temperature.

The ratio of *G* and *T* is:

*G/T* = Antenna gain (dBi) –
10log(*T*)

#### HPA Power Backoff

When you feed HPA a multiple carrier signal as input, it amplifies the signal and, in the process, generates unwanted intermodulation (IM) products. When the amplifier operates in the linear region, these IM products do not interfere with the main signals. However, as the amplifier approaches the saturation point and enters the non-linear region of operation, the interference increases and these IM products start to interfere with the main signal, lowering the output signal quality. Introducing power backoff in an amplifier ensures the amplifier always operates at a power level below the saturation point in the linear region, even if the input power increases slightly. Typically, the amplifiers operate near the saturation point, as that is where efficiency is highest. You can apply power backoff at either the HPA input (known as input backoff or IBO) or at the HPA output (known as output backoff or OBO).

#### Rain Fade

Rainfall attenuates radio waves by scattering and absorbing energy from the wave. Rain attenuation increases with increasing frequency and is worse at Ku-band compared to C-band. Studies have shown that the rain attenuation for horizontal polarization is considerably greater than for vertical polarization. The link margin must compensate for a rain fade. In normal conditions, only oxygen and water vapour significantly contribute to absorption, but other atmospheric gases become a factor in very dry air conditions at frequencies above 70 GHz. International Telecommunication Union Recommendation (ITU-R) P.618 predicts the various atmospheric propagation parameters necessary in the planning of Earth-space networks. For details, see Earth-Space Propagation Losses.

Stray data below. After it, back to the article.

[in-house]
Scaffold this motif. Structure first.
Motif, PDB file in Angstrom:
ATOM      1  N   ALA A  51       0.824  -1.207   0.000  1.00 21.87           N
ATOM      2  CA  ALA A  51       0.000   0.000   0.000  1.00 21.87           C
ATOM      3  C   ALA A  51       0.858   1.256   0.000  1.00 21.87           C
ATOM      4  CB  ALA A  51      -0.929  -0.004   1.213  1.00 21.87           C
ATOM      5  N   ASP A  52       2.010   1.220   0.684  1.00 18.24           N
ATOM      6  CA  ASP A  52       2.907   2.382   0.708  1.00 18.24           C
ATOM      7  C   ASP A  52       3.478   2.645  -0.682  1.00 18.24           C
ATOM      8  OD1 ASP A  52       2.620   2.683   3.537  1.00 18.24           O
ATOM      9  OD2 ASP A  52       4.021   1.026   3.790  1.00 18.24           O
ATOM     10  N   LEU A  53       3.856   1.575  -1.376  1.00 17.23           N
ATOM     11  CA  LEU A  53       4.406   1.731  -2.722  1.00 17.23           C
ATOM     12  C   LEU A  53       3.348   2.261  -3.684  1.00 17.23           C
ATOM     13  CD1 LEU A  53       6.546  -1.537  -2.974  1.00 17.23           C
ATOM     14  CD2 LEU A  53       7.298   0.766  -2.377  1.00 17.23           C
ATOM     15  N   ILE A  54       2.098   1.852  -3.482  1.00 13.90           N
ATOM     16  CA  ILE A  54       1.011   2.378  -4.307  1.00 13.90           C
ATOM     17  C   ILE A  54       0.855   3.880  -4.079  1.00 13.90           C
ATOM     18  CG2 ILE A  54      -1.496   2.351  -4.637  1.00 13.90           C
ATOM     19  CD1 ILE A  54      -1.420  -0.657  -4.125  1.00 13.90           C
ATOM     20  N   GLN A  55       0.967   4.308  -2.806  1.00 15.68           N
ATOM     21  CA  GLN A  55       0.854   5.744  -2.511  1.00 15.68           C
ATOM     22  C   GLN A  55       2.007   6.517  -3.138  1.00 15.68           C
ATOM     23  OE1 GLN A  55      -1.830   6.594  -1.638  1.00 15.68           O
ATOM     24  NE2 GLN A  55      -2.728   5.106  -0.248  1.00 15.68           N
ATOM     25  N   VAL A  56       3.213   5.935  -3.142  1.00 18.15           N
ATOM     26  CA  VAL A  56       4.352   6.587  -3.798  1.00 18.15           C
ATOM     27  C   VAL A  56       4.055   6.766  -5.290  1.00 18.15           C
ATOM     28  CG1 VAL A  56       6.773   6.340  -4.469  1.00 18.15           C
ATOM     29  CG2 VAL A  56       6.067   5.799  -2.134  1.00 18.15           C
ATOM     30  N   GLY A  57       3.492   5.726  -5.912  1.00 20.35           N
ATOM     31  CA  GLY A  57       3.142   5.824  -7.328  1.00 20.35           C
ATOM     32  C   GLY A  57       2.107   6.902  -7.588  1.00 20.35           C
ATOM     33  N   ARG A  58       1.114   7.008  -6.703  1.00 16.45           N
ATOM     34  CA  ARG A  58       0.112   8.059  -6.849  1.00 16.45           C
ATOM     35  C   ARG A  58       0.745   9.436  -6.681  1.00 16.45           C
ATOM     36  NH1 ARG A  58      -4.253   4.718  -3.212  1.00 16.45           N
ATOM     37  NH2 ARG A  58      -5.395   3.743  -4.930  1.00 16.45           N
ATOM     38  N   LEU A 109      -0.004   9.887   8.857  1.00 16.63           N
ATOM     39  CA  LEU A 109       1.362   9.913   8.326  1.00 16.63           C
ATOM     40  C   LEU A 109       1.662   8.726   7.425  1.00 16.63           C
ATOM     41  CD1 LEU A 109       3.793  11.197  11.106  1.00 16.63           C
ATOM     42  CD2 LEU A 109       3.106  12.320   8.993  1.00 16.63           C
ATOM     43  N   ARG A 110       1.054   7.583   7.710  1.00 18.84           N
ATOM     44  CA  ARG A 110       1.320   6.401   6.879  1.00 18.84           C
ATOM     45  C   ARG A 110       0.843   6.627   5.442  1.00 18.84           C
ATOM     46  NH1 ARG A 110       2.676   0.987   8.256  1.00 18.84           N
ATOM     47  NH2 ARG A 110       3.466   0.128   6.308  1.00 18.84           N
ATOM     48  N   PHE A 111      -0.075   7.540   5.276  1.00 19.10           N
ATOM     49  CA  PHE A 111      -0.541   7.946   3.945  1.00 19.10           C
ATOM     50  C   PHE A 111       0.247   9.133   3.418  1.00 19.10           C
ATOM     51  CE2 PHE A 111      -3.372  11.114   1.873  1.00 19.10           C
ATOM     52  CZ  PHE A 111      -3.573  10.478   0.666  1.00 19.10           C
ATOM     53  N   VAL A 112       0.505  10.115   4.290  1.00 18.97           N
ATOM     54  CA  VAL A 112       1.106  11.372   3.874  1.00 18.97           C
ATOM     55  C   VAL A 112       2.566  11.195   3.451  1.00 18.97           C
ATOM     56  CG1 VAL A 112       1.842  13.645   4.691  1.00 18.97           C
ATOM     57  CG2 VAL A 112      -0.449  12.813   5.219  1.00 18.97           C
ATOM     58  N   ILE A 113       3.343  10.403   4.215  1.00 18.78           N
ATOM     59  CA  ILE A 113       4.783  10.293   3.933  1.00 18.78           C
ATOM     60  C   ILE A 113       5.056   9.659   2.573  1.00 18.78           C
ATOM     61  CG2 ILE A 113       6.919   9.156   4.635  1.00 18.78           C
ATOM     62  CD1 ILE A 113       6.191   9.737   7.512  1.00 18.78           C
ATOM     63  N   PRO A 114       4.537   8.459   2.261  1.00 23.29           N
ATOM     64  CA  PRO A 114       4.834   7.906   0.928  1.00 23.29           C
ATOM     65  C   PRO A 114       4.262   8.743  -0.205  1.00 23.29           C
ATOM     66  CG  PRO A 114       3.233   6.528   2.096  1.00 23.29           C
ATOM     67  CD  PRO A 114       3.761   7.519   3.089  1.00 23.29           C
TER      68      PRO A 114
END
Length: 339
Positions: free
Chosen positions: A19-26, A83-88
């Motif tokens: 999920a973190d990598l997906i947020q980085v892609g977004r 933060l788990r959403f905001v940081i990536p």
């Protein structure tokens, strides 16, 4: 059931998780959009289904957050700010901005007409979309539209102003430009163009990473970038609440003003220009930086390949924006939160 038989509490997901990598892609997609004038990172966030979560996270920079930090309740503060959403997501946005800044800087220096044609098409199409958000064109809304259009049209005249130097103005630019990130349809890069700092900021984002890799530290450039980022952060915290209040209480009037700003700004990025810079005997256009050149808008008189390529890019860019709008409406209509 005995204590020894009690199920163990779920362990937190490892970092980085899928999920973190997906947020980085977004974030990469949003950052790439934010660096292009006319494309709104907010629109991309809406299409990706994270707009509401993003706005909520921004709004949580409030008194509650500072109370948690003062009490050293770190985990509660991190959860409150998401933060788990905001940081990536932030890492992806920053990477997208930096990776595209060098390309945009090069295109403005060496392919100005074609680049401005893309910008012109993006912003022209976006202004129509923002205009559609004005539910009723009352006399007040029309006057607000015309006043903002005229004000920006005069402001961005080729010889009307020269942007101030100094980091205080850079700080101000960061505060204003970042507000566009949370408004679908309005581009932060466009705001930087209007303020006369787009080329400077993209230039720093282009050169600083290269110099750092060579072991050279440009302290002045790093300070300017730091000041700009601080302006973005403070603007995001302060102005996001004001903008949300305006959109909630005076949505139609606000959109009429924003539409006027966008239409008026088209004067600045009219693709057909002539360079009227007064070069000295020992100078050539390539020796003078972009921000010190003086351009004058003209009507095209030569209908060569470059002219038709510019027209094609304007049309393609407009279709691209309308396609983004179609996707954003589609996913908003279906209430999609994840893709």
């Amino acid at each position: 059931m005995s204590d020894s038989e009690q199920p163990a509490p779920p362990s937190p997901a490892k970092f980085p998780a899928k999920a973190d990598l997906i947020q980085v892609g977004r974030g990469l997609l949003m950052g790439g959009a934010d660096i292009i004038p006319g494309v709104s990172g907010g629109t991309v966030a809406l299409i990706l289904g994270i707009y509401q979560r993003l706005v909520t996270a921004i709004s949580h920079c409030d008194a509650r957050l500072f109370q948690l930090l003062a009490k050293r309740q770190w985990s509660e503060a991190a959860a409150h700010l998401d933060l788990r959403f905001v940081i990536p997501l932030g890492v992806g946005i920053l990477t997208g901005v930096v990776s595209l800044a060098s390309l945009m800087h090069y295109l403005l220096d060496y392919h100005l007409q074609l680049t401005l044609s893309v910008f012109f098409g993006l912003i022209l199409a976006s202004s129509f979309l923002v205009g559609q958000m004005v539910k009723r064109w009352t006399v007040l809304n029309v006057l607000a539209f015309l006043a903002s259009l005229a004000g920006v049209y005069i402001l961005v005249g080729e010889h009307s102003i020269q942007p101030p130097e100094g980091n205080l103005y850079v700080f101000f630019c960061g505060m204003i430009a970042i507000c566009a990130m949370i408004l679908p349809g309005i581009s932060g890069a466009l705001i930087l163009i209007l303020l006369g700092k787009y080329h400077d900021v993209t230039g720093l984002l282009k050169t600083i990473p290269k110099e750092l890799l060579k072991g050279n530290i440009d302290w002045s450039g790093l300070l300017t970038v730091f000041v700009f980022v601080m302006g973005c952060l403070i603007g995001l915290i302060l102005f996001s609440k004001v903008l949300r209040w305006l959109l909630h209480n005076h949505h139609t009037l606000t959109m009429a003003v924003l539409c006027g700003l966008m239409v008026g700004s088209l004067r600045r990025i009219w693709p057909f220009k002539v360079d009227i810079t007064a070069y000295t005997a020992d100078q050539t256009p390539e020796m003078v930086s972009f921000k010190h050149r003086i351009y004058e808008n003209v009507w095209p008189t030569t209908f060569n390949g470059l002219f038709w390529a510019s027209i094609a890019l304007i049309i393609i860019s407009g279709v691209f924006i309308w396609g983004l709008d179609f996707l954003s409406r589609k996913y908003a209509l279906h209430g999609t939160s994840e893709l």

#### Satellite Information

This includes information related to satellite aspects such as orbital position,
received *G*/*T* obtained from satellite operators or
*G*/*T* contour maps, and saturation flux density.
This information helps effectively calculate a satellite link budget.

#### Carrier Information

This includes information such as user data rate in megabits per second (Mbps), type of modulation technique used, forward error correction (FEC) code rate, roll off factor, and bit error rate (BER). This information helps to analyze the link budget for a space-to-ground link and the inverse.

#### Satellite Carrier Spacing

The level of ACI is a function of several parameters: orbital separation between the desired and the interfering satellites, antenna side lobe performance of the interfering uplink Earth station, antenna side lobe performance of the receiving Earth station, and spectral power density of the carriers.

If the satellite carrier spacing is less than the recommended spacing, a spectral
overlap from the adjacent carriers into the desired carrier is possible. At the
demodulator, this unwanted energy acts as increased noise, reducing the effective
carrier-to-noise ratio (CNR),
*C*/*N*_{0}, and degrading the
BER.

### Link Power Budget Equation

The goal of radio link design is to ensure that you can establish a reliable
communication link between a radio transmitter and its associated receiver. Link performance
is typically assessed by the ratio of the received carrier power *C* to the
noise power spectral density *N _{o}*, expressed as the

*C/N*ratio.

_{o}

Define carrier power as the receiver input power.